The formal parliament debate on who is to be Spain’s prime minister started at noon today and was adjourned right before midnight. We all know that José Luís Rodríguez Zapatero will be elected in the end, but officially he is not there yet. In fact, tomorrow morning there will be a first round of voting where it seems that he will not receive the required absolute majority.

Before today, the Basque nationalists PNV had not excluded that they would vote for him, but judging from the tone between them and Zapatero by the time the debate ended tonight, I find it highly unlikely they will do so. On the other hand, over the day a more inviting tone evolved between Zapatero and the Catalan nationalists CiU, although the latter already at an early stage declared that they would not vote for him.

Comments on Zapatero’s opening speech of the debate follow the political colours of individual newspapers. As a foreigner who lives here and whose future depends on the development of Spain, I was pleased to hear him focus on economics and propose measures to halt the current slow down.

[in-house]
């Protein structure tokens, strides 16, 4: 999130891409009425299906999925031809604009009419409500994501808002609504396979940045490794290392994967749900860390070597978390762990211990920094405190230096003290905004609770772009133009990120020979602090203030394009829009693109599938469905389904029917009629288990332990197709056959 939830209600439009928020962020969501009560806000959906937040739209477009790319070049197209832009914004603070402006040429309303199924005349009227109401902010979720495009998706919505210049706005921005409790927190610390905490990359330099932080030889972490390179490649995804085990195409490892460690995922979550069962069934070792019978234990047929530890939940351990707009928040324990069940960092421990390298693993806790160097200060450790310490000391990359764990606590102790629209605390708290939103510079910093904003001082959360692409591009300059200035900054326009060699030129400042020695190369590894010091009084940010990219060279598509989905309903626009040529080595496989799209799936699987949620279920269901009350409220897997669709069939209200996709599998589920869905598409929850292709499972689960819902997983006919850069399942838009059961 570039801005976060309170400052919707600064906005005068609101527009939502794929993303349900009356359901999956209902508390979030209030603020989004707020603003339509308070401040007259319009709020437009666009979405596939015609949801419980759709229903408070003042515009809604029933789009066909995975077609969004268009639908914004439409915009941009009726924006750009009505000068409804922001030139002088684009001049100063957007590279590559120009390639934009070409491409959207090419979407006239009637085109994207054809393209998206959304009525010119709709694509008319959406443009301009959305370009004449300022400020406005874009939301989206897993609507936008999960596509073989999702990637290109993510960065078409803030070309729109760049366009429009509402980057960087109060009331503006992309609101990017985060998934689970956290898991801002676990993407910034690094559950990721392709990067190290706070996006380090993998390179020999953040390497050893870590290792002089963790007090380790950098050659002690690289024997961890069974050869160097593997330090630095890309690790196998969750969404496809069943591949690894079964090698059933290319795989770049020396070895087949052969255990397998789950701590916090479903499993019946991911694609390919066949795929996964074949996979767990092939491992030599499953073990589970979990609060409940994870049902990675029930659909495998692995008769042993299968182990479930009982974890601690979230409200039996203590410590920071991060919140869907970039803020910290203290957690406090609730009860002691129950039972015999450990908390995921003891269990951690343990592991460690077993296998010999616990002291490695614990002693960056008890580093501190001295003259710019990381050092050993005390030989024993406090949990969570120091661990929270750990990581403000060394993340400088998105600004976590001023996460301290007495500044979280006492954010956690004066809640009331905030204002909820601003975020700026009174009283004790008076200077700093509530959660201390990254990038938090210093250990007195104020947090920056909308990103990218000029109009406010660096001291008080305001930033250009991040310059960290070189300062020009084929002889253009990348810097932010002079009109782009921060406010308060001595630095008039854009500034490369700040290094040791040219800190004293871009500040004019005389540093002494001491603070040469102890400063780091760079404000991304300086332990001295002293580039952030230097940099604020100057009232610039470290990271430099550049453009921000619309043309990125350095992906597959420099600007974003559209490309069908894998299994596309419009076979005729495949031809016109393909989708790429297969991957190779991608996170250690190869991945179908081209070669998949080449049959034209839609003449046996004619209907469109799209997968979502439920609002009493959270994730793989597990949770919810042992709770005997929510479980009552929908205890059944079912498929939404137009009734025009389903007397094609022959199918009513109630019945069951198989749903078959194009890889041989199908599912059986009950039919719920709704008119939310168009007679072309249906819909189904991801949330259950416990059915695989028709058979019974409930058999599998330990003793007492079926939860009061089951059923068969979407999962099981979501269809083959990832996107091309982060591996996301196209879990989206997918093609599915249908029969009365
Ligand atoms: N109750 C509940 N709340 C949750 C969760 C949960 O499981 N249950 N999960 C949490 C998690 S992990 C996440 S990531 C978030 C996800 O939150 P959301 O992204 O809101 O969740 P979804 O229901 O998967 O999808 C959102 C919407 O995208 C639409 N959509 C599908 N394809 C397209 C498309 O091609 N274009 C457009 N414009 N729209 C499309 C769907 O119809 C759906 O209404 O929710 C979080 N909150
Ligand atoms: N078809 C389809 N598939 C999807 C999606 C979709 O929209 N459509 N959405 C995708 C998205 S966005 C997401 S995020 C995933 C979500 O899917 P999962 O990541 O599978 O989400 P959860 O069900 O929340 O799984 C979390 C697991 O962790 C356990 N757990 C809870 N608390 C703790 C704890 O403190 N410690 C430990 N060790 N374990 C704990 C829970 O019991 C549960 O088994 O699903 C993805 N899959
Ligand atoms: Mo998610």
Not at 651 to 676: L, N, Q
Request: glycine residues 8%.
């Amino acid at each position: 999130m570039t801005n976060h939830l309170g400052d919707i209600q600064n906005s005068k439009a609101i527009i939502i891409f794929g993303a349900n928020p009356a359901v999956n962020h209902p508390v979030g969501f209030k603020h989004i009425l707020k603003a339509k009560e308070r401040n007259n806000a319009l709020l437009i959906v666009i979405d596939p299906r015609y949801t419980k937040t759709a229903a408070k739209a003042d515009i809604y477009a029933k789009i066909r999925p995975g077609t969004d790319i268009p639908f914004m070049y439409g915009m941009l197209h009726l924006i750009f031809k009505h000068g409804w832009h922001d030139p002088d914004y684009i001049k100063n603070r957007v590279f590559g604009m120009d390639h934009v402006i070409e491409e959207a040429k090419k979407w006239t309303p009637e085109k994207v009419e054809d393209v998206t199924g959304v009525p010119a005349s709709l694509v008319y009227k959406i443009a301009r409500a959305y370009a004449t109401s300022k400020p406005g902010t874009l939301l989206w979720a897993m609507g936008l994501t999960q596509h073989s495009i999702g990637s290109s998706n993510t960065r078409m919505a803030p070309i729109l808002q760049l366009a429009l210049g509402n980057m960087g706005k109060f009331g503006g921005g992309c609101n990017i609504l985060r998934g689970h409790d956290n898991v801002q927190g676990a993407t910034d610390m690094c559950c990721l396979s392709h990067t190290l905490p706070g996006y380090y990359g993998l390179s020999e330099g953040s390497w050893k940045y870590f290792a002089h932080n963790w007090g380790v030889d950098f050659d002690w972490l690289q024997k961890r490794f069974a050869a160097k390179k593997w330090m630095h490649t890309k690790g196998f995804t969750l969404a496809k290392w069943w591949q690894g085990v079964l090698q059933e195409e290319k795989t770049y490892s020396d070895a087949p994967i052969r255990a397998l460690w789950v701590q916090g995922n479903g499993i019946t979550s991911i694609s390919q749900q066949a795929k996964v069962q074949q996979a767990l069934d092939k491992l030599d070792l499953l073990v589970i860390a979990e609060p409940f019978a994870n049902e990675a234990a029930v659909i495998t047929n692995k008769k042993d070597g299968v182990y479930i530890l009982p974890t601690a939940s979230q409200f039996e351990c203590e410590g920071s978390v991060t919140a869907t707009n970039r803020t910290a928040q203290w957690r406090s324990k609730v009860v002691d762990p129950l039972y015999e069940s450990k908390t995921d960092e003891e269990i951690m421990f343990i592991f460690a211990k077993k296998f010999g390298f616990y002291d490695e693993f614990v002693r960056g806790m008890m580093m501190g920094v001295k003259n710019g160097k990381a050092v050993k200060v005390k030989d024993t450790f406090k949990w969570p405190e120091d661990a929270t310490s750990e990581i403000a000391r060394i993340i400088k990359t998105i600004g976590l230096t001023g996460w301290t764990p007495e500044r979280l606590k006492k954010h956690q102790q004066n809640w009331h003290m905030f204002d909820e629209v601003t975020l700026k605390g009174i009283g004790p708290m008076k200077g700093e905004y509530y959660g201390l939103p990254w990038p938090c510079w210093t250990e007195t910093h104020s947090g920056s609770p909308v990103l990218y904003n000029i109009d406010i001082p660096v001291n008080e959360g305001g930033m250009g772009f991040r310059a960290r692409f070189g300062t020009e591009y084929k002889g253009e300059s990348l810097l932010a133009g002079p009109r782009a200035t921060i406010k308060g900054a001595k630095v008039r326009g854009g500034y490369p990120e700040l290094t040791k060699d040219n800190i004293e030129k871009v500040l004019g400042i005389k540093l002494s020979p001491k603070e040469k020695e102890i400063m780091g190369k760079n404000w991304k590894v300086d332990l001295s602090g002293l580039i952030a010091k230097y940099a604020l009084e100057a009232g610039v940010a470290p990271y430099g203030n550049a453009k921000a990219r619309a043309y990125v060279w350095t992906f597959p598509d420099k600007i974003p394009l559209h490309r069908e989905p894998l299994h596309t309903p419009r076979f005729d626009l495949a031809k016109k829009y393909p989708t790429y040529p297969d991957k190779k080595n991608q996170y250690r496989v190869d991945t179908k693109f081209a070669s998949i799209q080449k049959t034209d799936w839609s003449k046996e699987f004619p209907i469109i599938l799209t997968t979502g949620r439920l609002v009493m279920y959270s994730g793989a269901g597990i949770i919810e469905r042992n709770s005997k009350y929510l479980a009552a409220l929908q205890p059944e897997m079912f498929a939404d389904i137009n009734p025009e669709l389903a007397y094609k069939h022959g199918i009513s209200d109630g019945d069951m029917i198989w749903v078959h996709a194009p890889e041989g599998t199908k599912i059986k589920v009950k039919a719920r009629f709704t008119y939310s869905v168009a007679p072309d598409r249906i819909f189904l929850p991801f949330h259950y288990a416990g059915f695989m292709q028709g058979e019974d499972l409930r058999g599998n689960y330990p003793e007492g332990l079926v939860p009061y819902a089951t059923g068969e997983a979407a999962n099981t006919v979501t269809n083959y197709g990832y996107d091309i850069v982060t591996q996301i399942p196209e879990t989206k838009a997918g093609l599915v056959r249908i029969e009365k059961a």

Since the cost of living is high compared to average salaries and since unemployment in the construction industry is rising fast, PSOE’s proposal to build 1,5 million new subsidized apartments over the coming ten years comes with good timing. That nobody should have to choose between having a job or having children, that there must be a stop to gender-related violence and that the government is committed to put an end to ETA terrorism are some of the other things I liked to hear. However, I was concerned that Zapatero did not come back to any of the points on which CiU had advised that they wanted to receive clarity. Not surprisingly, the first reactions among the Catalan parties were that the government wants to re-centralise the state.